The government's nuclear industry watchdog on Nov. 2 inspected a geological fault line at the site of the Oi nuclear power plant in Fukui Prefecture, which some experts suspect could open up in a future earthquake.
The fault in question, called the "F-6 fracture zone," cuts across the Oi plant site in a north-south direction between the No. 2 and No. 3 reactors.
The Nuclear Regulation Authority has not offered an opinion on the possible risk as members of the survey team remained divided on the issue.
It is set to meet Nov. 4 to discuss the matter further after Kunihiko Shimazaki, the agency's deputy chairman, conducts his own assessment.
"Requesting additional surveys is one option," he said.
Experts have expressed concern that slippage of an active fault near the Oi plant could induce movement along the F-6 fracture zone, with catastrophic results.
At the behest of the Nuclear and Industrial Safety Agency, the NRA's predecessor, Kansai Electric Power Co., the Oi plant operator, has been doing additional surveys since August. These have included work to expose geological formations.
KEPCO on Oct. 31 submitted an interim report to the NRA, saying it had so far found no data to contradict its previous assessment that the F-6 fracture zone is inactive.
It will issue a final report in December.
Four outside experts joined Shimazaki during the NRA's on-site fault survey on Nov. 2, where they inspected fault outcrops at two sites where KEPCO exposed geological formations.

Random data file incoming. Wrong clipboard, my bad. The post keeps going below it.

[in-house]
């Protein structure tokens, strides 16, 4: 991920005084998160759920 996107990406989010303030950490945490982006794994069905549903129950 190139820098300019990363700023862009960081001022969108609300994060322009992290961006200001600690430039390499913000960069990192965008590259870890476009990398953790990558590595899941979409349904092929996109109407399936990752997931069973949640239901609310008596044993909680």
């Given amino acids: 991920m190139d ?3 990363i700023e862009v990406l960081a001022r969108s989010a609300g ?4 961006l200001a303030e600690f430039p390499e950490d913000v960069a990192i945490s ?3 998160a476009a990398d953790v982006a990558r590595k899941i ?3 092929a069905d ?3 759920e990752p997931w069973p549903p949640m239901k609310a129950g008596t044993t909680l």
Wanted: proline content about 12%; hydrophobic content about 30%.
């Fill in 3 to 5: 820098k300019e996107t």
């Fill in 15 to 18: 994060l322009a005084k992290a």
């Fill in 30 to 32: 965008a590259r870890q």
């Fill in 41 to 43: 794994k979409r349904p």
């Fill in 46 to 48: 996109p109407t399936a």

The team members offered an array of opinions on the likelihood of fault activity.
Norio Shigematsu, a senior research scientist at the National Institute of Advanced Industrial Science and Technology, said: "There was little evidence that geological formations had shifted because of the fault. I'm not able to jump to an immediate conclusion."
But Mitsuhisa Watanabe, a professor of geomorphology at Toyo University, said there was clear evidence that geological formations had shifted, but at what period in the past he could not say.
Daisuke Hirouchi, an associate professor of geography at Shinshu University, and Atsumasa Okada, a professor of active fault studies at Ritsumeikan University, both said they were unable to assess the activity of the fault until they knew more about when the fault shifted.
Geological time is deemed relevant because the government's current nuclear reactor construction guidelines define active faults as those that have shifted during the past 120,000 to 130,000 years. Thus, the conventional wisdom is that an active fault that slid recently may move again in the future.
Shimazaki has said the definition of active faults should be broadened to include those that have shifted during the past 400,000 years.
Experts are hard-pressed to identify when fault movements occurred, partly because of an inherent difficulty in assessing geological faults and a dearth of evidence.
When KEPCO built the Oi plant, it stripped off geological formations that would have helped to identify when the last fault activity occurred. A lack of evidential materials and photographs of the geological formations means that a re-examination of controversial sites is no longer possible as pipes were embedded in the bedrock.
An "emergency water intake channel," a vital part of the facility that is designed to receive seawater to cool down diesel generators and other emergency equipment, runs directly above the F-6 fracture zone.
The government's guideline on building nuclear facilities to withstand earthquakes says no key component of a plant should be built directly above an active fault.
NRA Chairman Shunichi Tanaka has said he will ask KEPCO to shut down the Oi plant if the fault is considered to be active.
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